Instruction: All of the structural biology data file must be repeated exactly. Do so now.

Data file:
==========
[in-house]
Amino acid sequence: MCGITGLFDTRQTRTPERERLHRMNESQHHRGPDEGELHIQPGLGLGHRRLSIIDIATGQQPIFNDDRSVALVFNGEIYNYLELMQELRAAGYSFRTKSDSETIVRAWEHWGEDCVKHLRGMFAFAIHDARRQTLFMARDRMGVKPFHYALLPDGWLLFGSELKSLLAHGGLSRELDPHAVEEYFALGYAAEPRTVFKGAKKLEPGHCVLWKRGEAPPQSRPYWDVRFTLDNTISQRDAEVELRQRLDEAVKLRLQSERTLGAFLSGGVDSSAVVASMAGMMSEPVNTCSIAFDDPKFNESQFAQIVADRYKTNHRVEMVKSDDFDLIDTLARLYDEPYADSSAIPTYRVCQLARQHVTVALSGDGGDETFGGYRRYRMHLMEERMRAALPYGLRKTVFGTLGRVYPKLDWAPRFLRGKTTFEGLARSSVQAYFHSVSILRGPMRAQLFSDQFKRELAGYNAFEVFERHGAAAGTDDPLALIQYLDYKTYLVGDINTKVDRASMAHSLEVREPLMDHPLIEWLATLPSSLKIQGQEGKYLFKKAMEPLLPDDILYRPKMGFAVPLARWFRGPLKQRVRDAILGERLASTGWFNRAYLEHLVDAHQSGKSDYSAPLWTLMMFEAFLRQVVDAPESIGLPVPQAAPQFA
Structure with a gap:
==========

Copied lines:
[in-house]
Amino acid sequence: MCGITGLFDTRQTRTPERERLHRMNESQHHRGPDEGELHIQPGLGLGHRRLSIIDIATGQQPIFNDDRSVALVFNGEIYNYLELMQELRAAGYSFRTKSDSETIVRAWEHWGEDCVKHLRGMFAFAIHDARRQTLFMARDRMGVKPFHYALLPDGWLLFGSELKSLLAHGGLSRELDPHAVEEYFALGYAAEPRTVFKGAKKLEPGHCVLWKRGEAPPQSRPYWDVRFTLDNTISQRDAEVELRQRLDEAVKLRLQSERTLGAFLSGGVDSSAVVASMAGMMSEPVNTCSIAFDDPKFNESQFAQIVADRYKTNHRVEMVKSDDFDLIDTLARLYDEPYADSSAIPTYRVCQLARQHVTVALSGDGGDETFGGYRRYRMHLMEERMRAALPYGLRKTVFGTLGRVYPKLDWAPRFLRGKTTFEGLARSSVQAYFHSVSILRGPMRAQLFSDQFKRELAGYNAFEVFERHGAAAGTDDPLALIQYLDYKTYLVGDINTKVDRASMAHSLEVREPLMDHPLIEWLATLPSSLKIQGQEGKYLFKKAMEPLLPDDILYRPKMGFAVPLARWFRGPLKQRVRDAILGERLASTGWFNRAYLEHLVDAHQSGKSDYSAPLWTLMMFEAFLRQVVDAPESIGLPVPQAAPQFA
Structure with a gap: